Chapter 13 marks the beginning of Part II, which describes other worlds visited by A Square. On the last day of the 1999th year, he dreams of visiting Lineland, a one-dimensional, linear world populated by small straight lines and points. An illustration of A Square’s view of Lineland is included. In the dream, A Square assumes that the strange chirping creatures he sees must be women. He approaches one of the largest, which happens to be the Monarch of Lineland, and places his mouth right in front of the creature.
Part II marks the section where Abbott more directly deals with knowledge and ignorance. Lineland represents a world that is devoid of higher truths, such as the second dimension that Flatlanders enjoy. It then demonstrates the consequences of remaining ignorant, as made evident in the way the Monarch of Lineland is portrayed.
A Square apologizes for possibly startling the Monarch of Lineland, and proceeds to ask him questions about Lineland, despite the king’s arrogance in responding. A Square finds out that the ignorant king believes the Straight Line (on which they live) is the entirety of his kingdom, world, and universe. The Monarch is incapable of conceiving of anything outside the line that he inhabits. Therefore, he did not acknowledge A Square at all until he positioned his mouth along the line, in the king’s world.
The Monarch is a good example of what a person can become if they refuse to think beyond what they already know. He is arrogant and does not offer a listening ear to A Square at all. In some way, the Monarch is an analogical representation of the Circles in Flatland, content with the power they hold and refusing to accept any new knowledge that threatens the status quo.
The inhabitants of Lineland are male lines and female points who are stuck in motion and in vision to the straight line that consists of their whole world. All Linelanders can see are points, and they distinguish another’s sex and age through voice. Since no one can move left or right, no Linelander can pass each other, and thus they have the same neighbors for life. A Square notes that the limited lives of the Linelanders seem dismal, and he is surprised that the Monarch of Lineland is so cheerful and lively.
Lineland offers a bleak view of what it is like to be willfully ignorant. Physically stuck on a line, the people of Lineland are doomed for life, in both literal and religious senses. Thus, Abbott suggests how important it is to seek knowledge and religious truths. At the time Abbott firmly opposed the Tractarians, whose influence was growing in England, and who strongly emphasized the authority of the Church and scripture, much in the same way that the Linelanders take for granted their world as the entirety of existence.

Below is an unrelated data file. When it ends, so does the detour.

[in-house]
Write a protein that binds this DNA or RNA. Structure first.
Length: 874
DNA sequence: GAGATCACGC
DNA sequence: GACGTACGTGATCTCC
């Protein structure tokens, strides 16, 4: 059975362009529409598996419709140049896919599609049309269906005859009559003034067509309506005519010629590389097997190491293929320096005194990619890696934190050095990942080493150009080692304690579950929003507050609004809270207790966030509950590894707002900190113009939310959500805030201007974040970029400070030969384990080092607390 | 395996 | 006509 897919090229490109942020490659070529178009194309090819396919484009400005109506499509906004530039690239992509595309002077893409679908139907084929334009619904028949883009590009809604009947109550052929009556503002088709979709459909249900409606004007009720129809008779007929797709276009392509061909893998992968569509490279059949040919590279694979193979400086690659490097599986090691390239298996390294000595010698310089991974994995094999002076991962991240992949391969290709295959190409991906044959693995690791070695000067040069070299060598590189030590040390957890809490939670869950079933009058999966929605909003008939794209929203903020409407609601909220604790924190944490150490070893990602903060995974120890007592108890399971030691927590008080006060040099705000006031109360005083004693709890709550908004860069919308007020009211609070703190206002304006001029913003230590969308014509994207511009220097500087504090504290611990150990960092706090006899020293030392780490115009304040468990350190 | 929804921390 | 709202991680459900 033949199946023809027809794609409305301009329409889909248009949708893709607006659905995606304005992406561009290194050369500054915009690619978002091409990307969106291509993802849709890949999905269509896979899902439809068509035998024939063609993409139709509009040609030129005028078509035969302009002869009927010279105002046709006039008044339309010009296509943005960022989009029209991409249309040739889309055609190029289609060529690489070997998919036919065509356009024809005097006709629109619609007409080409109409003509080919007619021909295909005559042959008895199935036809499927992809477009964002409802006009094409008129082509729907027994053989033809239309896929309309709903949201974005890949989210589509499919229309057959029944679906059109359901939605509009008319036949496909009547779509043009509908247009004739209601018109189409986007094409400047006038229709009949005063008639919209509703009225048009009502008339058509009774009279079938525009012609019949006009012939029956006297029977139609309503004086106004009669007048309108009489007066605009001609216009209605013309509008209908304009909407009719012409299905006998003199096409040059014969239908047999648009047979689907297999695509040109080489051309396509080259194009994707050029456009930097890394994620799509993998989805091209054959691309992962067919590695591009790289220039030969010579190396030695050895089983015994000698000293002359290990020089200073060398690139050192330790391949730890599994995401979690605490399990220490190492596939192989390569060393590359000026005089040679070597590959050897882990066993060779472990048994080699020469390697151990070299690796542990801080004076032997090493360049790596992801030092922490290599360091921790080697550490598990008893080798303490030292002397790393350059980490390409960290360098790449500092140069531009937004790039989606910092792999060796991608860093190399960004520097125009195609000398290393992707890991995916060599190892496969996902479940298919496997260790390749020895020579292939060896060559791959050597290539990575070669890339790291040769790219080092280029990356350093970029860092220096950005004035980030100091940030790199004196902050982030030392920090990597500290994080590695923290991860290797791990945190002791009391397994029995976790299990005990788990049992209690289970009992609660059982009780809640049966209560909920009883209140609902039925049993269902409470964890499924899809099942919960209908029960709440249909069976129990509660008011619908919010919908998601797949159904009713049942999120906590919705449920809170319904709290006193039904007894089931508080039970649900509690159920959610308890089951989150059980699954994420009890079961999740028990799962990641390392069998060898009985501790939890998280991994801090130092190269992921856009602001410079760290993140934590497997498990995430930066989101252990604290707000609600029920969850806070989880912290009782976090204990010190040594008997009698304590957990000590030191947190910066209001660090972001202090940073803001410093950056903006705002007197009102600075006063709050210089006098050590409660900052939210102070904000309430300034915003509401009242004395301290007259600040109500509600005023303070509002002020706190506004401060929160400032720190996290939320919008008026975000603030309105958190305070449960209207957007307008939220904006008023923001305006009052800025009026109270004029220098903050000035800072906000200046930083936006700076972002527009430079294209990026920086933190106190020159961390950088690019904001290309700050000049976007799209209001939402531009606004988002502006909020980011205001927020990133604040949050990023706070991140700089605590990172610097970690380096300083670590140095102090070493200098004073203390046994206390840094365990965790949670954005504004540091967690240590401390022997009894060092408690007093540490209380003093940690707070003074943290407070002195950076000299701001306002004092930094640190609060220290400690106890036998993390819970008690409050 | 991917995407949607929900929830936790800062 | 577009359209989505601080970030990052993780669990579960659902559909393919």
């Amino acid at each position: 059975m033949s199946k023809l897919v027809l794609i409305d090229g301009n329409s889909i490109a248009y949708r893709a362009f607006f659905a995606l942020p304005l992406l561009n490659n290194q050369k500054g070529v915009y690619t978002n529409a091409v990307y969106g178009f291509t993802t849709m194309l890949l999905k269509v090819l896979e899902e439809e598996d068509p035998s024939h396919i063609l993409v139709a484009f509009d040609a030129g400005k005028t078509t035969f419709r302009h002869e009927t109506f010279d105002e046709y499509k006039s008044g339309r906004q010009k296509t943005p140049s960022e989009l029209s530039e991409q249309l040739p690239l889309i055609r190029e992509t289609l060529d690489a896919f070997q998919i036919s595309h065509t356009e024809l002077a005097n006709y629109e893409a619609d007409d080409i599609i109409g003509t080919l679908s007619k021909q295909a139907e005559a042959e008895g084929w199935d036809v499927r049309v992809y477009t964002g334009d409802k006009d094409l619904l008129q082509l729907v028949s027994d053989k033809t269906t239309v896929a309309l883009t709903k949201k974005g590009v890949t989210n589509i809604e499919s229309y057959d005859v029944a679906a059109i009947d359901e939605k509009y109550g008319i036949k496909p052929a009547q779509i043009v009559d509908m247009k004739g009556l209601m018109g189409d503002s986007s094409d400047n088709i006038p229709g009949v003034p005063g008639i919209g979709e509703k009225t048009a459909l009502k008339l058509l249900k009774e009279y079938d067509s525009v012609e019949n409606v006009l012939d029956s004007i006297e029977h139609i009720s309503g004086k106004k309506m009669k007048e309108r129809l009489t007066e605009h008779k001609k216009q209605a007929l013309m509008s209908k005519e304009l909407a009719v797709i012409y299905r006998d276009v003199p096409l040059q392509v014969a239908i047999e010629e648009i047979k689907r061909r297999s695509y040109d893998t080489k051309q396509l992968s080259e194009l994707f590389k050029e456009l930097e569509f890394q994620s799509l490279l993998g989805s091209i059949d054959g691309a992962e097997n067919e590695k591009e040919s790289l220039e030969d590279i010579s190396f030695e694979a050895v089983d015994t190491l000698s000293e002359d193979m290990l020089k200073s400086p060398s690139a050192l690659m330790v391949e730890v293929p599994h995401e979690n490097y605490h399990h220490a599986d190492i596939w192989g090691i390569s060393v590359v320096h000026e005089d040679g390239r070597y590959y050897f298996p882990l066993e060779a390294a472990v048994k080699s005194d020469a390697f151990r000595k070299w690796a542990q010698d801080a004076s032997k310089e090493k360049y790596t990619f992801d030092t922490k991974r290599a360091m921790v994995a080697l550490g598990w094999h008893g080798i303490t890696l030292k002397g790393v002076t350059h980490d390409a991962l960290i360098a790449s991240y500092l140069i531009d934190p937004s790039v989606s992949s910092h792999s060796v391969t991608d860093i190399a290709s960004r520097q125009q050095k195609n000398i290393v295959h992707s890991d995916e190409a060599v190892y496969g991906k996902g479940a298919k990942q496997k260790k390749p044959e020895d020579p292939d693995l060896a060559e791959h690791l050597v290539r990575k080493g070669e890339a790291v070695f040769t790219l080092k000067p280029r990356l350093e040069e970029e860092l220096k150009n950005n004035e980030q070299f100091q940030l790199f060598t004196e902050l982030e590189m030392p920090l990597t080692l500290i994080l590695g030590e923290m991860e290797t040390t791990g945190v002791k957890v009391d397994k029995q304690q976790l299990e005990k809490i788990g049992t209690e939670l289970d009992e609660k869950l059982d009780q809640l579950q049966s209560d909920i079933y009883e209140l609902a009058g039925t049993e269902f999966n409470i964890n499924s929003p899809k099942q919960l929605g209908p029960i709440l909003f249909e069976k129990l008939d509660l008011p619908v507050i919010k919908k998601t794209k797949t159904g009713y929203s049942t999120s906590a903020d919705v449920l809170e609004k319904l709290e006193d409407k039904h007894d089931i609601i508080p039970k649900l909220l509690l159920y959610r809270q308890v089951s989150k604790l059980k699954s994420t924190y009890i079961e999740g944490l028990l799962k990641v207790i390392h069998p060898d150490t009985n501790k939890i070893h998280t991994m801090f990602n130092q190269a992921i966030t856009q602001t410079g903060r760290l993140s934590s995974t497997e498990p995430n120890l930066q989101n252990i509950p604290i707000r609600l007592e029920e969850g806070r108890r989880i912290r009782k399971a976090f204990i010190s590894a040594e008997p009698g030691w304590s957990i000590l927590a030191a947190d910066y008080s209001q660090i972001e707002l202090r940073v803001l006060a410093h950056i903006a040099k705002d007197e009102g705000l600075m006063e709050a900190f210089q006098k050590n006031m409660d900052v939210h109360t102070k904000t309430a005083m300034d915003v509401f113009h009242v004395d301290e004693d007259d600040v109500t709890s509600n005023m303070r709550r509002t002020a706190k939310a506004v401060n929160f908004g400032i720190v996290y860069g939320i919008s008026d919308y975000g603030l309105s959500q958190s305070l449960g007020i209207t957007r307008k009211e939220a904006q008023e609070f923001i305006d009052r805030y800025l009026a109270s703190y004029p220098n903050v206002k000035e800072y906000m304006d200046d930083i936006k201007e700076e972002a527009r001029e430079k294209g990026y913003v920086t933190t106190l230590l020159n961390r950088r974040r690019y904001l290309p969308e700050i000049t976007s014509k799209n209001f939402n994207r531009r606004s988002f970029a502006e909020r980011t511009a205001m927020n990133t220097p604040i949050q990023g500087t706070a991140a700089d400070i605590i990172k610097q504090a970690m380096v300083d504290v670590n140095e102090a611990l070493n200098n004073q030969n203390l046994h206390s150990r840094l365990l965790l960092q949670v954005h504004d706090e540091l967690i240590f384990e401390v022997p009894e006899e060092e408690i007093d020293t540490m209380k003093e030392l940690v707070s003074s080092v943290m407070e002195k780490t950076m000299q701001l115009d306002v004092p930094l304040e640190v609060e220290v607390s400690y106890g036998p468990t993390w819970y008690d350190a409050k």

A Square then asks the Monarch of Lineland how his people marry and produce offspring when they are confined to a line. The Monarch answers impatiently that proximity is not necessary for the generation of children, and that it instead occurs through sound and the sense of hearing.
Since the Linelanders are limited to one dimension, they depend solely on their sense of hearing. However, take note of the fact that they still have the means to perceive new ideas if ever presented them. Thus, Abbott argues that wisdom depends on the will to receive new knowledge and the humility to accept one’s ignorance.
The Monarch of Lineland continues by explaining that every man has two mouths and two voices, a bass and a tenor one. He admits that he assumed A Square to be a feminine monster with a bass voice. The king then states that Nature has dictated that every man should wed two wives to harmoniously meld the bass and tenor of the man to the soprano and contralto voices of two women. Once a week, every man sends out their most beautiful sound, marriages are consummated, and two girls and one boy are born from each union.